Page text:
By Doyin Olagunju
By now, you must have heard the news. In fact, by now, you shouldn’t be able to access Twitter — the popular social media app — through any of the licensed telecoms operators in Nigeria like MTN or Airtel, except if you’re browsing through a you-know-what.
In a statement released on Friday, 4th June 2020 at 4:53 pm, the Twitter handle of the Federal Ministry of Information and Culture in Nigeria tweeted a “Press Release”, stating that the Federal Government has “suspended, indefinitely, the operations of the microblogging and social networking service, Twitter, in Nigeria”.
The decision was met with a lot of outrage, and rightly so. But the suspension proceeded. By the morning of Saturday, June 5th, 2020, many Nigerians struggled to access Twitter.
Besides reevaluating the sudden suspension, the critical question is to review and examine if the Nigerian Federal Government has the right to suspend Twitter in Nigeria and what processes the government ought to follow to attempt to carry out such an action.
ALTON – ASSOCIATION OF LICENSED TELECOMMUNICATIONS OPERATORS IN NIGERIA
The Association of Licensed Telecommunication Operators of Nigeria (ALTON), which comprises the major telecommunication operators in Nigeria, stated that they received formal instructions from the Nigerian Communications Commission (NCC) to suspend access to Twitter (in Nigeria).
According to their released statement, based on “national interest provisions” in the Nigerian Communications Act, 2003, “and within the license terms under which the industry operates”, they have complied with the directives of the NCC.
But what do “National Interest” matters mean?
In part 4 of the Nigeria Communications Act, under “National Interest Matters”, section 147 provides that the NCC can allow a telecoms provider to implement the capability to intercept communications in Nigeria.
Section 148 of the Act also states that on the occurrence of any public emergency or in the interest of public safety, the NCC may withdraw, either totally or partially, the use of any service or network facilities from the general public, among many other powers.
This law means that under “national interest”, the NCC can block access to communications in Nigeria.
What is “National Interest” or “Corporate Existence”?
The Nigerian government has had a long-running battle with Twitter recently.
There has been growing insecurity in the country, including in the south-eastern part of Nigeria, where a group known as the Independent People of Biafra (IPOB) have been threatening to lead the breakaway of the Igbo people from Nigeria through whatever means necessary.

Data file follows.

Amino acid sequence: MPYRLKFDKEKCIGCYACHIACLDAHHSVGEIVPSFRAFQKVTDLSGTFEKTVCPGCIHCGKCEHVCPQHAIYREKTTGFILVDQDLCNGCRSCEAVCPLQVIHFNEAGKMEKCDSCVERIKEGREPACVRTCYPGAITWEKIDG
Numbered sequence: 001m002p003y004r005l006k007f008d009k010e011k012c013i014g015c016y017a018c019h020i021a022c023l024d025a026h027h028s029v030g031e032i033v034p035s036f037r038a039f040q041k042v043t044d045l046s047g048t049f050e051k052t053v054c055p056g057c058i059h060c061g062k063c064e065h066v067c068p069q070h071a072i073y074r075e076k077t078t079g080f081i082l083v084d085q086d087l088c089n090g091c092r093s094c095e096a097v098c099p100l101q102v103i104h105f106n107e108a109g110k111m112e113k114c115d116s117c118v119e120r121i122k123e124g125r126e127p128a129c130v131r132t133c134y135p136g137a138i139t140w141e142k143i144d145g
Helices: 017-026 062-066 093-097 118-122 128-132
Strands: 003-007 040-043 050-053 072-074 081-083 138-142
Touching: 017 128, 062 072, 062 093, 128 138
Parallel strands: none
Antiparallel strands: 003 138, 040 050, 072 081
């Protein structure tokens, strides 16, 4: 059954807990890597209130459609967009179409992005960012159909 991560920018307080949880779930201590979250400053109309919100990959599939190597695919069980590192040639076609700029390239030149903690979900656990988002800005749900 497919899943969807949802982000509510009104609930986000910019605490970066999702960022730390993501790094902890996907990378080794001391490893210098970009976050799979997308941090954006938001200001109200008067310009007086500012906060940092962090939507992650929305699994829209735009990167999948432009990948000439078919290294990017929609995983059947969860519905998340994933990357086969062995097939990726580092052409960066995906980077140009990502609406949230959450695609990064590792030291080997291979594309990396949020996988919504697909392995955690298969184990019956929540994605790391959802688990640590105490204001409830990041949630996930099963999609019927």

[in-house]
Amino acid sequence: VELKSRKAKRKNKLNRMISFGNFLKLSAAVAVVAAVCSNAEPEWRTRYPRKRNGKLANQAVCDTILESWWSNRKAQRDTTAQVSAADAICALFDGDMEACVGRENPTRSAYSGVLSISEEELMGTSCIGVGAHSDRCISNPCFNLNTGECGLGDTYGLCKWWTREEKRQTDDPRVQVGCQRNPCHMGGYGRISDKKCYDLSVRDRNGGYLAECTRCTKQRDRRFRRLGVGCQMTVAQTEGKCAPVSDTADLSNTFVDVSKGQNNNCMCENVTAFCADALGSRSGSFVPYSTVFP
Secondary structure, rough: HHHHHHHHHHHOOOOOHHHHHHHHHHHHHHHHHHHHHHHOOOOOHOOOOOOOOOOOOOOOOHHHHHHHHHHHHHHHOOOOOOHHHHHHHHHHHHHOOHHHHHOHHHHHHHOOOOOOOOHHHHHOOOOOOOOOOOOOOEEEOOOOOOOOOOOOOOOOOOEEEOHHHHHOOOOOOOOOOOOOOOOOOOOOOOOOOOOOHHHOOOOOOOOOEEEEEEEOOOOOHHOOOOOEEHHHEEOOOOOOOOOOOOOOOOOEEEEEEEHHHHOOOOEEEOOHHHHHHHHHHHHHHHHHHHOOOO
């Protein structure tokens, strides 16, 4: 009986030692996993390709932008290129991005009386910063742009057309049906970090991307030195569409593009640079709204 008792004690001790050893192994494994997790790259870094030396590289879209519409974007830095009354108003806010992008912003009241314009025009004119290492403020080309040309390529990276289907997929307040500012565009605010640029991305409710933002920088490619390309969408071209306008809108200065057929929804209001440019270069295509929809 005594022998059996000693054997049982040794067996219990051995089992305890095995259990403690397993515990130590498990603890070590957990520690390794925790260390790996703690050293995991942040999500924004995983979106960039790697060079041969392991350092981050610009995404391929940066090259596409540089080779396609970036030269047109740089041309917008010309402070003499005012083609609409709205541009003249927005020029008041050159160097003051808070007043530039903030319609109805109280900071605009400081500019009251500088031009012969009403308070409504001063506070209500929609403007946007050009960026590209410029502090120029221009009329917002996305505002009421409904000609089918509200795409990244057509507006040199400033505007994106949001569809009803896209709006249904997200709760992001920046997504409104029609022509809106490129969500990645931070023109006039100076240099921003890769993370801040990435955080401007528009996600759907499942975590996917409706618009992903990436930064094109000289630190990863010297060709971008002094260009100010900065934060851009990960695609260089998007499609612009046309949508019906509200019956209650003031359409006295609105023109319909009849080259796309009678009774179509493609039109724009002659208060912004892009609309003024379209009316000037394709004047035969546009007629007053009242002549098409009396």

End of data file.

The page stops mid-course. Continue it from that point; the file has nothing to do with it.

To address the violence in the south-eastern parts of the country, the president released a series of tweets stating that he was on top of the situation and that he always received daily security briefings.
In the series of tweets, he added that “many of those misbehaving today are too young to be aware of the destruction of lives and properties that happened during Nigeria’s civil war” and that the government will treat “those misbehaving today in the language they understand”.
But Nigerians did not take kindly to the tweet. They reported the tweet for violating Twitter’s community rules, and the platform subsequently deleted the tweet. A spokesperson from Twitter also added that the tweet was “in violation of the Twitter Rules”.
Perhaps, then, it is because of this issue about the president’s tweet on the civil war and the subsequent deleting of the president’s tweet that the FG has decided to suspend Twitter in Nigeria indefinitely.
In the release, the Federal Ministry of Information and Culture stated that the FG was suspending Twitter because people used the platform for activities capable of affecting Nigeria’s “corporate existence”.
So, perhaps the government feels that by deleting the President’s tweet, including temporarily suspending him, Twitter is violating Nigeria’s “national interest” and hurting Nigeria’s “corporate existence”.
But how could they think that? Twitter has routinely deleted tweets from heads of states and has even suspended the Twitter account of Donald Trump, America’s recent President, from the platform.
What is the way forward?
In any case, a suit can be filed against the federal government challenging this suspension by clarifying whether Twitter hurts Nigeria’s “national interest” or Nigeria’s “corporate existence”, including getting the definition from the court about what those words mean.
This legal action must be added to the fact that Section 22 of the Nigerian constitution mandates that the press, radio, and other agencies of the mass media shall at all times be free to hold the government responsible and accountable.
Every person in Nigeria is also entitled to freedom of thought and freedom of expression, as provided in Sections 38 and 39 of the constitution, respectively.
So, ultimately, the argument is “national interest” and “corporate existence” against “freedom of thought and freedom of expression”.
This suspension leads to the question: did the government follow due processes before suspending Twitter indefinitely or are we looking at a breach of democracy?